Horav Henach Leibowitz, shlita, suggests that Rabbi Yochanan teaches us a profound lesson. Rabbi Chiya was concerned about his colleague's material condition because he viewed it in an inappropriate context. An individual must not observe the material condition exclusive of spiritual circumstances and the success he has attained. It is essential that one look at both conditions simultaneously. If he does not, the picture he will see will be ambiguous and distorted. One must see the spiritual benefits that the individual reaped as a result of his lack of material success. One who waits a long time and searches all over for a very precious jewel will not be concerned with the expense and sacrifice involved in attaining this gem. His only thought is of the treasure he has finally procured.
Rabbi Yochanan told Rabbi Chiya not to be concerned with what
he had lost. Instead, when he perceives what he has gained and
the loss would pale in insignificance . We should learn to accept
life's challenges with joy, by viewing them in the context of
the spiritual advantage that we realize.
1. From where do Chazal derive that the Sanhedrin
must be situated in the m'kom Ha'Mikdash, near the Mizbayach?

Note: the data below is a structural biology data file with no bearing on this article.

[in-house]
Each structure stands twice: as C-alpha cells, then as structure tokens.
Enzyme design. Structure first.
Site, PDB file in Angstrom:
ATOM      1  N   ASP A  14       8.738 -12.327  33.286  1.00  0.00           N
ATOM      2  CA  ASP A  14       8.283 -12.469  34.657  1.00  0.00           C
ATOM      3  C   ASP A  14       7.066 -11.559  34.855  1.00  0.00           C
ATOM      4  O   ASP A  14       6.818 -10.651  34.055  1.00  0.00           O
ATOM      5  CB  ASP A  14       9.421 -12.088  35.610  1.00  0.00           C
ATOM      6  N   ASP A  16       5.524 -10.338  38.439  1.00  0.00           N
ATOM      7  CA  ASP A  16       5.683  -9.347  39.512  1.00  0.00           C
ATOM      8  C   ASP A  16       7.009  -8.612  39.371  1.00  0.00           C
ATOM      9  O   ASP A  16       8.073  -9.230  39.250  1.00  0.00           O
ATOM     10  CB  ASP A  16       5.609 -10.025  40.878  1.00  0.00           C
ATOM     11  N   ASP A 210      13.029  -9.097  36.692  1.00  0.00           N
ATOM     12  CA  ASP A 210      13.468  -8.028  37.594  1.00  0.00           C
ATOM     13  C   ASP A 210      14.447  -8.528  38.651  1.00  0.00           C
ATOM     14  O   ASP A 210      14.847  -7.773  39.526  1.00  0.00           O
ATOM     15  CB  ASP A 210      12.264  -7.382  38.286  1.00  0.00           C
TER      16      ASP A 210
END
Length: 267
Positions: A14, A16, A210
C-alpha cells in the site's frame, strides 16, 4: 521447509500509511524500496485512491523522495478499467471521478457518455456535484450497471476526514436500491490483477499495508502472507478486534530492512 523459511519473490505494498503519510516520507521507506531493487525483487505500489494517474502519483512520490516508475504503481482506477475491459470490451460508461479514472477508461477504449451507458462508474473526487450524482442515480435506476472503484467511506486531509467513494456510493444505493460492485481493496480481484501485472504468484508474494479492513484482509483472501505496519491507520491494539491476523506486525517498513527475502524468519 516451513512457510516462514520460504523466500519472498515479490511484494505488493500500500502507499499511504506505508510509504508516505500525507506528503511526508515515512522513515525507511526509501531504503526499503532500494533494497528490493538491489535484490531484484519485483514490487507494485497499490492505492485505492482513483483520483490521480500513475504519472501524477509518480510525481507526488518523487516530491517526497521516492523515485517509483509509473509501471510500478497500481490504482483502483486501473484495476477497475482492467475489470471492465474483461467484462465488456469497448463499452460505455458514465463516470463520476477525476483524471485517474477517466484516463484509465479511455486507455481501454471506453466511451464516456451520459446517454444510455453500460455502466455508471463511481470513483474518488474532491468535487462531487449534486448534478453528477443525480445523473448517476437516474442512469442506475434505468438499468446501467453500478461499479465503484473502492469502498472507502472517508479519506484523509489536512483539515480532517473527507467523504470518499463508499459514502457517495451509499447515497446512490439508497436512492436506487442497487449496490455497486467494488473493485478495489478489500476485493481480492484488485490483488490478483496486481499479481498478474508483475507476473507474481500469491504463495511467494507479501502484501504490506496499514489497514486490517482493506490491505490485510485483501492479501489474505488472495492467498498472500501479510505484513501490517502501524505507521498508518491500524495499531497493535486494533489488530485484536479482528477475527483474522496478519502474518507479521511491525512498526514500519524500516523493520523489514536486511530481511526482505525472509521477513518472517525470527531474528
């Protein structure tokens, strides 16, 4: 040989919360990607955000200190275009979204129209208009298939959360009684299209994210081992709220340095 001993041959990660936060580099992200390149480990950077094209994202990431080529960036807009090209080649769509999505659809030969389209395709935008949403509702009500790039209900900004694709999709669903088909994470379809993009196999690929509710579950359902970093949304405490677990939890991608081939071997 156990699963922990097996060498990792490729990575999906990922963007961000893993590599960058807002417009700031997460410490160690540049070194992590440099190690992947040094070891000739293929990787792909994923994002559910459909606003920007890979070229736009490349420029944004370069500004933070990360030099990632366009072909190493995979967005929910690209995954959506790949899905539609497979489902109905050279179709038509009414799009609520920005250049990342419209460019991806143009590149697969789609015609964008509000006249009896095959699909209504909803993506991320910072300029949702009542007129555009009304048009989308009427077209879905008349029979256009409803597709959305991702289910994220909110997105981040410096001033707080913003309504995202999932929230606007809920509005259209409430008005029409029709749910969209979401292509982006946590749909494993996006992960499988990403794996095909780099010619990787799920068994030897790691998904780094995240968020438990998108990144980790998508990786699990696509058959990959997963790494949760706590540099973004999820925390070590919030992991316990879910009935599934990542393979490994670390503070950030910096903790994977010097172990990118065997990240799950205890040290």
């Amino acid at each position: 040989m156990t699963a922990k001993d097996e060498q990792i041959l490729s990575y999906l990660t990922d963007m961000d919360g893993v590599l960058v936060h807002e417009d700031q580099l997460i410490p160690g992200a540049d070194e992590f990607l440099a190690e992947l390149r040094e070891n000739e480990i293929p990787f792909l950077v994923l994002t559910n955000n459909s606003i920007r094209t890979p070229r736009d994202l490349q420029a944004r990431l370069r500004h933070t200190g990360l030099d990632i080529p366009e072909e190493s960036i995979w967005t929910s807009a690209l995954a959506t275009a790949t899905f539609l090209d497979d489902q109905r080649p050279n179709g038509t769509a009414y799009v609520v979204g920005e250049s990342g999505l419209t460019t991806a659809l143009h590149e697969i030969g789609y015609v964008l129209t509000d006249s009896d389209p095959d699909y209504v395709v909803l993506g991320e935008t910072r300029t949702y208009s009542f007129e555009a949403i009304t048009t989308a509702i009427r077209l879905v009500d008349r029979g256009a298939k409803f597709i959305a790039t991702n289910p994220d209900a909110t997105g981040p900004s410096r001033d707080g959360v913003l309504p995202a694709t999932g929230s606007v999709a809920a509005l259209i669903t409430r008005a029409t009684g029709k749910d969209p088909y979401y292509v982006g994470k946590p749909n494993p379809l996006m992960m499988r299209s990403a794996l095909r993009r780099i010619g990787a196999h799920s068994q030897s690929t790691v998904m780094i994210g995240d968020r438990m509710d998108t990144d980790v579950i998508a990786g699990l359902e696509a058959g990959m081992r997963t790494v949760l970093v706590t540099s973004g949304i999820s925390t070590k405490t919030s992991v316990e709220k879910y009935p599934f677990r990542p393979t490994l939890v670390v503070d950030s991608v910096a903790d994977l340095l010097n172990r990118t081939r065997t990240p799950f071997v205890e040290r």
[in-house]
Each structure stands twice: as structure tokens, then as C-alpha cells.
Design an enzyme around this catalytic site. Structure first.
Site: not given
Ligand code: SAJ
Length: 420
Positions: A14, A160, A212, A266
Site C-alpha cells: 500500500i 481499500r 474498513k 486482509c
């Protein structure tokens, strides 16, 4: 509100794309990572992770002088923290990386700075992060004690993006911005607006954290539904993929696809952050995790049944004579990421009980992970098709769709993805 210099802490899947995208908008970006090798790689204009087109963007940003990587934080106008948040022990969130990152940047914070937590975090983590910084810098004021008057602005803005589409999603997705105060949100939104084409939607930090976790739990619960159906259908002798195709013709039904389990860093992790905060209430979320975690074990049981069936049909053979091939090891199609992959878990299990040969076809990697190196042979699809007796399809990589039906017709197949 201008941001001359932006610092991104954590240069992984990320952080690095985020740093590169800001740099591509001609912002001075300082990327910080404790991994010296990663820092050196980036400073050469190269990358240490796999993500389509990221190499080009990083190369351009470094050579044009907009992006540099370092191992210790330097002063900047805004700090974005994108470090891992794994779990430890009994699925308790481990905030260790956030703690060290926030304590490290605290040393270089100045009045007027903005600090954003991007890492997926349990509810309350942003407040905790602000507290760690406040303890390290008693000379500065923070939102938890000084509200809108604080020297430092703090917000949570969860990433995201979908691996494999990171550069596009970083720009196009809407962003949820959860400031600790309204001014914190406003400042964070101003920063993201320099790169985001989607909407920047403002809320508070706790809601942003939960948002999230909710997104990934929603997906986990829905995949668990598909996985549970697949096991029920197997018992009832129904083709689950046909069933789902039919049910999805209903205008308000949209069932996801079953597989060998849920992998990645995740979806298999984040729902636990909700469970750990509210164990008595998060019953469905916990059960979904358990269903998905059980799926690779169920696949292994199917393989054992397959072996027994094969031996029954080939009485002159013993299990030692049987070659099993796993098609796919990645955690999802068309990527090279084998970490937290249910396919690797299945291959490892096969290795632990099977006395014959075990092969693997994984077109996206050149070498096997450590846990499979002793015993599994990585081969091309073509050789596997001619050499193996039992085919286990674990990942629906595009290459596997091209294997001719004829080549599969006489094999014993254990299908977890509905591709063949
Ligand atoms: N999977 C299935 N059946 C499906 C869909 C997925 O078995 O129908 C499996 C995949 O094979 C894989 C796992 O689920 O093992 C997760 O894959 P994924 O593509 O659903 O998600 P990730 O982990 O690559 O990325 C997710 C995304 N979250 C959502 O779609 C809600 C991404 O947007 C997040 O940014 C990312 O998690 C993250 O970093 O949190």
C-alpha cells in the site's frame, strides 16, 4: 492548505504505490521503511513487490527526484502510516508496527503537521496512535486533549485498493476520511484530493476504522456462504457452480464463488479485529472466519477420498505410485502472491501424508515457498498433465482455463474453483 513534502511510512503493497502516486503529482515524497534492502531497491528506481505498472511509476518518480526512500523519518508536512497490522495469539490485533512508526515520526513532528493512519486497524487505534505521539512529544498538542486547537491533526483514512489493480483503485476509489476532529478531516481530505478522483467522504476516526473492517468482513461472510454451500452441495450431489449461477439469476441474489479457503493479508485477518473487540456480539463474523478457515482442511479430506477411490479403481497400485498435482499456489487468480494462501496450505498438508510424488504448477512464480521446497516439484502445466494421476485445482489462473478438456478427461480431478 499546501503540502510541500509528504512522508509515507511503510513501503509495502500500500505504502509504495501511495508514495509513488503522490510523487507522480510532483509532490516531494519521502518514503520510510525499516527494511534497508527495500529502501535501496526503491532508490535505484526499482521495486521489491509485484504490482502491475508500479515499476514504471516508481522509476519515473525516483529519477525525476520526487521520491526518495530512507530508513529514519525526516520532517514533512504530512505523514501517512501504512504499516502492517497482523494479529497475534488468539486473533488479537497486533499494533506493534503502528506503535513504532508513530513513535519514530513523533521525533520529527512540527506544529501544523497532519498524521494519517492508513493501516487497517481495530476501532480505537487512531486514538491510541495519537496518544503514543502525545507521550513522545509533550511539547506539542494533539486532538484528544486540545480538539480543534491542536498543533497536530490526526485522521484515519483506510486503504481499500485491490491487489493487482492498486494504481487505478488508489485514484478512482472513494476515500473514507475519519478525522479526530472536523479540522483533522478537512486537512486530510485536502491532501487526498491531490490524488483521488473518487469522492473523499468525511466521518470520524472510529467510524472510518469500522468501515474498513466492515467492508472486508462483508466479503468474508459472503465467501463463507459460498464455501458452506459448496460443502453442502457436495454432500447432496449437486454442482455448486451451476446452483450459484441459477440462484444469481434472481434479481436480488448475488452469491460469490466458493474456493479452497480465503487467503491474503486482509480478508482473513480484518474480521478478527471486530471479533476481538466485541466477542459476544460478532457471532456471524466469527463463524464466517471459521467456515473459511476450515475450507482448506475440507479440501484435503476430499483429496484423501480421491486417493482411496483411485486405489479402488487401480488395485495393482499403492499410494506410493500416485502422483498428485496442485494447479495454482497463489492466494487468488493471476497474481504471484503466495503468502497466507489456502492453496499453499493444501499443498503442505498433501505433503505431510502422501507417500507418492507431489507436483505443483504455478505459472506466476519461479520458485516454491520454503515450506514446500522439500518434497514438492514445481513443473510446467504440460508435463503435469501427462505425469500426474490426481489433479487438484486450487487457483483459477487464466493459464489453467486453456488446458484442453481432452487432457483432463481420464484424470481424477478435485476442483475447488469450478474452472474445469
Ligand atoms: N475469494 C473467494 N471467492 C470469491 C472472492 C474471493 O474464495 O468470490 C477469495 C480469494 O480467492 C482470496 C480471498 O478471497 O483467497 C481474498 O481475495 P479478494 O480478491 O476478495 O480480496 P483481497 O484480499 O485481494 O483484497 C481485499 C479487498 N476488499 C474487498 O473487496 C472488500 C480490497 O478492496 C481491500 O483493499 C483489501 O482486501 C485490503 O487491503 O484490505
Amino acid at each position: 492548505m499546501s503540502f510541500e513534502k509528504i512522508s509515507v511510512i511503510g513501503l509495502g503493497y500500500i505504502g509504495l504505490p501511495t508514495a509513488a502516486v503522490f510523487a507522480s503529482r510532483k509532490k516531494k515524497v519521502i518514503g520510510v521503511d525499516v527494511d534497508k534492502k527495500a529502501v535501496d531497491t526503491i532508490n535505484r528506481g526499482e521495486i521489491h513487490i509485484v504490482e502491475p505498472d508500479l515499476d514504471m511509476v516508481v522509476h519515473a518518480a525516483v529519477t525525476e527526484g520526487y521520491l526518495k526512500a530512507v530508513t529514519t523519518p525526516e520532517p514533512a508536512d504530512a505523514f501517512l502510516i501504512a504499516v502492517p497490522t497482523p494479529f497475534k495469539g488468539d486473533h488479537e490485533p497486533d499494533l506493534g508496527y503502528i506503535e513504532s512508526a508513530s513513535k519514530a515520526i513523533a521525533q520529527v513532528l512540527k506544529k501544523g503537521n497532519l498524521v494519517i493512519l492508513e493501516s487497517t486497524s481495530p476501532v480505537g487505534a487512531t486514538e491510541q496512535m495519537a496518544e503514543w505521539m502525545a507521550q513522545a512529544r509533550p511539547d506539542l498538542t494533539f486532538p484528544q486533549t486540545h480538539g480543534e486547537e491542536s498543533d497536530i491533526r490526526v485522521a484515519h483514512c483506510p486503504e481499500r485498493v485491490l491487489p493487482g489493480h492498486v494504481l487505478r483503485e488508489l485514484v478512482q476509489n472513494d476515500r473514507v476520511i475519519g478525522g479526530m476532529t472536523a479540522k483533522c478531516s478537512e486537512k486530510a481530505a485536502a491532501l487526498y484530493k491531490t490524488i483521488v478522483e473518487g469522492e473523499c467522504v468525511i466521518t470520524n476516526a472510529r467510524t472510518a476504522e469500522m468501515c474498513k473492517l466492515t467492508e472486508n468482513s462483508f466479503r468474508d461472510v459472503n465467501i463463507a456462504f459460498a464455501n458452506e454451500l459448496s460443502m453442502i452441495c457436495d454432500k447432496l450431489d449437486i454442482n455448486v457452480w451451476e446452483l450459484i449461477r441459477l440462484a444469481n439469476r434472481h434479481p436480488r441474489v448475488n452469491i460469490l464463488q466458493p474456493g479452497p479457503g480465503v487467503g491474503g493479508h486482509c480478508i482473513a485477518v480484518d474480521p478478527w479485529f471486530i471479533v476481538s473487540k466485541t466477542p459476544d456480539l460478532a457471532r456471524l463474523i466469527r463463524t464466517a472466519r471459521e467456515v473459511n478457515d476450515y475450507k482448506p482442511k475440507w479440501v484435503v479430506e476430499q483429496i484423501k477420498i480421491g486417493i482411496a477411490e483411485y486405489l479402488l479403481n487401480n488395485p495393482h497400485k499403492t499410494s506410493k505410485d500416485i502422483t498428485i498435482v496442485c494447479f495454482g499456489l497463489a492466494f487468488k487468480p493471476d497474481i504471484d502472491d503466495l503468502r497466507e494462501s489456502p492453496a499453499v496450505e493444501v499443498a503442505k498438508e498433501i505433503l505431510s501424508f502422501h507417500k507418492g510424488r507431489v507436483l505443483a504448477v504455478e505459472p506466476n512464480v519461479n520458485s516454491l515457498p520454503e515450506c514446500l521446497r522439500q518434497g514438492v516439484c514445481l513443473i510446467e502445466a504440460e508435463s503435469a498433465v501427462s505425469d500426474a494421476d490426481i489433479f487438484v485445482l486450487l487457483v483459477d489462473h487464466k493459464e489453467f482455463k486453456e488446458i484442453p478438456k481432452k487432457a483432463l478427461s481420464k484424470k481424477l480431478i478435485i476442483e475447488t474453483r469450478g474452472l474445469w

2. Is the owner of an eved Ivri obligated to sustain the
eved Ivri's wife and children?
3. How long does an eved nirtza remain in servitude?
4. Where did the unintentional murderer go to galus when
Bnei Yisrael were still in the desert?
5. What is the difference between the payment of keifal,
double payment, and daled v'hay, paying four or five times?
6. Must one give maaser from fruit that is grown during
the Shmittah year?
7. Did the tzirah cross over the Jordan River?
8. A) Who was Miriam's husband? B) Who was their son?
1. From the fact that Parashas Mishpatim, which deals with
laws and their adjudication, follow immediately after Parashas
Yisro, which ends with the laws regarding the Mizbayach.
3. Until Yovel.
4. Machane' Leviyah.
5. Keifal applies to all items that are stolen, while daled
v'hey applies only to an ox or a sheep.
7. No. Miraculously, it was able to propel its poison across
8. A) Kalev ben Yefuneh. B) Chur.